Overlord ReviewHovsep Yaghmourian
These days, it seems like a lot of games (mostly RTS’s) offer you the opportunity to play a campaign from the side of either good or evil, in an attempt to broaden the scope of a narrative. There are few games, however, that are designed to allow you to be really evil. Well ladies and gentleman, your game has arrived, and its name is Overlord. This quirky action/adventure/strategy hybrid from developer Triumph Studios and publisher CodeMasters allows you to get a first hand look at what it’s like conquering a beautiful fantasy world for no more reason than the fact that destroying and/or subjugating magical folk is both fun and funny.
When you start the game, you are in control of the titular Overlord, having awoken in the ruins of your once awe-inspiring dark tower after having been magically imprisoned by some gallant heroes. Your goal is to rebuild your tower and re-conquer the land from those devilish do-gooders that sealed you away. Of course, having been stripped of your power and equipment, it’s going to take a lot of work. Luckily, you’re not in it alone. The game’s first objectives are regaining control of your minions, small gremlin-like creatures that obey your every whim. There are four different types of minions for you to collect and control:
The Browns – Toughest of the lot, these guys are your front-line fighters
The Reds – Physically weak, the Reds make up for it with their invulnerability to fire and their ranged combat skills
The Greens – Immune to poison and able to go into stealth mode, they don’t have much in the way of defense, but get them around your enemies’ back and they can deal some incredibly high damage
The Blues – The weakest of all your minions, the Blues are able to resurrect other fallen minions, making them invaluable during battle. Blues are also the only minions able to go through water.
You use your minions from everything to combat, manipulating the environment, and even to upgrade your weapons and armor with the use of magical forges (watching your minions happily hurl themselves into your smelter to craft new weapons puts a smile on my face every time.)
You control your Overlord with the left analog stick, and your minions with the right one (you can also set up waypoints for your minions where they will await further orders, or attack if the opportunity arises, using each of the face buttons to control a different type of minion.) Controls are responsive, for the most part, though you’ll oftentimes see one or two of your minions lagging behind the rest. The graphics are great, the cartoonish world coming to life with bold, bright colors and hilarious character models, and that’s not the only funny part of the game. The dialogue and voice-acting, while campy, fits the tone of the game very well and had me chuckling (and occasionally, even outright laughing) throughout the whole, though the funniest parts by far are the casual actions of your minions while they trample everything in their paths. Looking on as your minions stumble drunkenly and noisily relieve themselves after raiding a dwarven drinking party never gets old.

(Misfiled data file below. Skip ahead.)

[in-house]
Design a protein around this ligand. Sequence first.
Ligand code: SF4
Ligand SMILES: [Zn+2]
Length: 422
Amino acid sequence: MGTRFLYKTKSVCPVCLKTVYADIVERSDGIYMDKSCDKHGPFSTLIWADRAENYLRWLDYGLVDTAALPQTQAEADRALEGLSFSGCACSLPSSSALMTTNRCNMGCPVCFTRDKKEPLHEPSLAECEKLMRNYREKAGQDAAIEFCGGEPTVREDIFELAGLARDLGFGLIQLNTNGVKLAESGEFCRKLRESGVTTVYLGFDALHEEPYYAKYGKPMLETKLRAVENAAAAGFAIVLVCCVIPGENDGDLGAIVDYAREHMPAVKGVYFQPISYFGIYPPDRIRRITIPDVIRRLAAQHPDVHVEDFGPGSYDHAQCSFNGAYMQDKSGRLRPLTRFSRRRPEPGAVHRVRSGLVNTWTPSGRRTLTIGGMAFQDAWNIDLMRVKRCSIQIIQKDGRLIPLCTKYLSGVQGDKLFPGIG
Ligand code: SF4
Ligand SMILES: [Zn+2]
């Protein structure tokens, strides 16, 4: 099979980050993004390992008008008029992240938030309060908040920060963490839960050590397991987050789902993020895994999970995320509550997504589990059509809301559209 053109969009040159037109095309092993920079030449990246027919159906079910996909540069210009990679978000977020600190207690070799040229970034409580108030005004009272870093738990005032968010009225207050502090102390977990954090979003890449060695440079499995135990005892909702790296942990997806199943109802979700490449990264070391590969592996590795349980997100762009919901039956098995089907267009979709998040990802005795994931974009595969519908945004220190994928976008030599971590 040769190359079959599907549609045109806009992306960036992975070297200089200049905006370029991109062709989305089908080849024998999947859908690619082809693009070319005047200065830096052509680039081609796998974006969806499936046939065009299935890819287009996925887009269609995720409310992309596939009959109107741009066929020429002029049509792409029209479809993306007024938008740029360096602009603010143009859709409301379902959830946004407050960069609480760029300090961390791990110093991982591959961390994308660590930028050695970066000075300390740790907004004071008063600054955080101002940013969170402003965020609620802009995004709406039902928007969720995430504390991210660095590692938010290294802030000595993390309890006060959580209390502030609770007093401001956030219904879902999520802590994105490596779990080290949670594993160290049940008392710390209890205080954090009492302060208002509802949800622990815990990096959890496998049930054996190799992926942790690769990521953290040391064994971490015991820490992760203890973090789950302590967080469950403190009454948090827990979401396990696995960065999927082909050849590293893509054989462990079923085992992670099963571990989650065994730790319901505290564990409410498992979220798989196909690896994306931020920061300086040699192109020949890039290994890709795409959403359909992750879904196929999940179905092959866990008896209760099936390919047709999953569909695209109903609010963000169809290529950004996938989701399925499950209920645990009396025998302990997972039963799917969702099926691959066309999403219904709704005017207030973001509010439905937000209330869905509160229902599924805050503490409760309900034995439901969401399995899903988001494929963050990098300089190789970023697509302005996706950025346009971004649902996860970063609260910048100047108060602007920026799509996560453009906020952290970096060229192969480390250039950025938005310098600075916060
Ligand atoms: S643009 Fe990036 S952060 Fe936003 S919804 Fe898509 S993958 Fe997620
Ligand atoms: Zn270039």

While all these things stack up in the games favor, the experience isn’t perfect, with a few large stumbling blocks marring the overall experience. The first noticeably troubling oversight comes in the form of the map, or rather, the complete lack of one. The world your would-be-conqueror is traipsing around in is fairly large and full of twists and turns, and the absence of a map, any map, goes from mildly irritating when you’re having a little trouble finding your next objective, to infuriating when you’ve spent 15 minutes going in circles looking for the path to the next area. Also increasingly irritating as the game progresses is the A.I. of your minions. To put in bluntly, your minions are dumb, incredibly so, and if you’re not guiding them almost all of the time, they will get themselves killed. This is only a minor nuisance early on in the game, when simply swarming your troops over enemies is enough to take them out, but in later stages where higher degrees of organization and strategy are essential, your loyal servants’ habit of running headlong into certain death if you don’t watch their every move will have you tearing out your hair. Compounding that problem is the camera which (since the two analog sticks have already been assigned tasks) simply follows your Overlord around. This can be very aggravating in battle when to get behind an enemy to assist your minions, only to realize you cannot, now see what your minions are doing.
Though these issues keep the game from perfection, its imaginative setting, maniacal humor, creativity, and sheer fun keep these problems from being game-breakers and solidify Overlord’s place as a game that everyone should, at the very least, check out, and with a new expansion adding several single and multi-player levels, you can be sure that evil won’t be going out of style any time soon.
Disclosure: We are provided copies of games from the game companies for some games that we review.